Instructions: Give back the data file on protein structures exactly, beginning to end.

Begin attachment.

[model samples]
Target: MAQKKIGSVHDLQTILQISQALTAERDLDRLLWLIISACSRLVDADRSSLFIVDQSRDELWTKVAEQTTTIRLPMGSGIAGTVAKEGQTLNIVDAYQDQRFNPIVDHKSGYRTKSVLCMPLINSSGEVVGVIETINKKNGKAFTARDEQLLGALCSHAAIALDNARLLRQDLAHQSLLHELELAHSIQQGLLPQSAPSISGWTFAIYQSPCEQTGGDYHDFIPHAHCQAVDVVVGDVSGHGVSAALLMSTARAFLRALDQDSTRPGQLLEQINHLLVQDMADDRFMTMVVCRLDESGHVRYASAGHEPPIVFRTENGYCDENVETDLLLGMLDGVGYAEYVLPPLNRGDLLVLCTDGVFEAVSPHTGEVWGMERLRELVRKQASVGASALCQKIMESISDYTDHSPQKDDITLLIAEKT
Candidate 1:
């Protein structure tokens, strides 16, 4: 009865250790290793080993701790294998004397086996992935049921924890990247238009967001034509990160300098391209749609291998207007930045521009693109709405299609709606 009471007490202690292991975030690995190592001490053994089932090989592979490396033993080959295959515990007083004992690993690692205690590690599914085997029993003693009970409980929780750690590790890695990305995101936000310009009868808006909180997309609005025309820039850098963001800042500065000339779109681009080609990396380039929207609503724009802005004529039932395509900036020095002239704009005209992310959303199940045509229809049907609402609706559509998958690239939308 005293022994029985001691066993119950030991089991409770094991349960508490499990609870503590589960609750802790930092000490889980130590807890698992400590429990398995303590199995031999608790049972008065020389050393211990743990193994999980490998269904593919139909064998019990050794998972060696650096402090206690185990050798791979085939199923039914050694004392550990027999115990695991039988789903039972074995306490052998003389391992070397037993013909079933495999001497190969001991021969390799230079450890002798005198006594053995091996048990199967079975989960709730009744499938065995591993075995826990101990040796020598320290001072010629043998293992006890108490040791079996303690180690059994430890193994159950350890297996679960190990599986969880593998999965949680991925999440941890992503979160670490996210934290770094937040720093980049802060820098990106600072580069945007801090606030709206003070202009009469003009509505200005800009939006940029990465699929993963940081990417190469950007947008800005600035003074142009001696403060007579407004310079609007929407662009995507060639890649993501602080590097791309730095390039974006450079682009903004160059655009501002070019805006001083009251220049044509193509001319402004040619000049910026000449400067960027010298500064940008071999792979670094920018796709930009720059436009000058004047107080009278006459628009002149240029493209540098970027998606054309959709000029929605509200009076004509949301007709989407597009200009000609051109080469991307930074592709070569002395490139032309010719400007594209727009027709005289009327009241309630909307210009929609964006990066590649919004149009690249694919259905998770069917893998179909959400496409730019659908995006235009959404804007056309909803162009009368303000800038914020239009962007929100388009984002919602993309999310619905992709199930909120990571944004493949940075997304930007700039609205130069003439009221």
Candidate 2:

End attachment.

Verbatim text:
[model samples]
Target: MAQKKIGSVHDLQTILQISQALTAERDLDRLLWLIISACSRLVDADRSSLFIVDQSRDELWTKVAEQTTTIRLPMGSGIAGTVAKEGQTLNIVDAYQDQRFNPIVDHKSGYRTKSVLCMPLINSSGEVVGVIETINKKNGKAFTARDEQLLGALCSHAAIALDNARLLRQDLAHQSLLHELELAHSIQQGLLPQSAPSISGWTFAIYQSPCEQTGGDYHDFIPHAHCQAVDVVVGDVSGHGVSAALLMSTARAFLRALDQDSTRPGQLLEQINHLLVQDMADDRFMTMVVCRLDESGHVRYASAGHEPPIVFRTENGYCDENVETDLLLGMLDGVGYAEYVLPPLNRGDLLVLCTDGVFEAVSPHTGEVWGMERLRELVRKQASVGASALCQKIMESISDYTDHSPQKDDITLLIAEKT
Candidate 1:
């Protein structure tokens, strides 16, 4: 009865250790290793080993701790294998004397086996992935049921924890990247238009967001034509990160300098391209749609291998207007930045521009693109709405299609709606 009471007490202690292991975030690995190592001490053994089932090989592979490396033993080959295959515990007083004992690993690692205690590690599914085997029993003693009970409980929780750690590790890695990305995101936000310009009868808006909180997309609005025309820039850098963001800042500065000339779109681009080609990396380039929207609503724009802005004529039932395509900036020095002239704009005209992310959303199940045509229809049907609402609706559509998958690239939308 005293022994029985001691066993119950030991089991409770094991349960508490499990609870503590589960609750802790930092000490889980130590807890698992400590429990398995303590199995031999608790049972008065020389050393211990743990193994999980490998269904593919139909064998019990050794998972060696650096402090206690185990050798791979085939199923039914050694004392550990027999115990695991039988789903039972074995306490052998003389391992070397037993013909079933495999001497190969001991021969390799230079450890002798005198006594053995091996048990199967079975989960709730009744499938065995591993075995826990101990040796020598320290001072010629043998293992006890108490040791079996303690180690059994430890193994159950350890297996679960190990599986969880593998999965949680991925999440941890992503979160670490996210934290770094937040720093980049802060820098990106600072580069945007801090606030709206003070202009009469003009509505200005800009939006940029990465699929993963940081990417190469950007947008800005600035003074142009001696403060007579407004310079609007929407662009995507060639890649993501602080590097791309730095390039974006450079682009903004160059655009501002070019805006001083009251220049044509193509001319402004040619000049910026000449400067960027010298500064940008071999792979670094920018796709930009720059436009000058004047107080009278006459628009002149240029493209540098970027998606054309959709000029929605509200009076004509949301007709989407597009200009000609051109080469991307930074592709070569002395490139032309010719400007594209727009027709005289009327009241309630909307210009929609964006990066590649919004149009690249694919259905998770069917893998179909959400496409730019659908995006235009959404804007056309909803162009009368303000800038914020239009962007929100388009984002919602993309999310619905992709199930909120990571944004493949940075997304930007700039609205130069003439009221």
Candidate 2: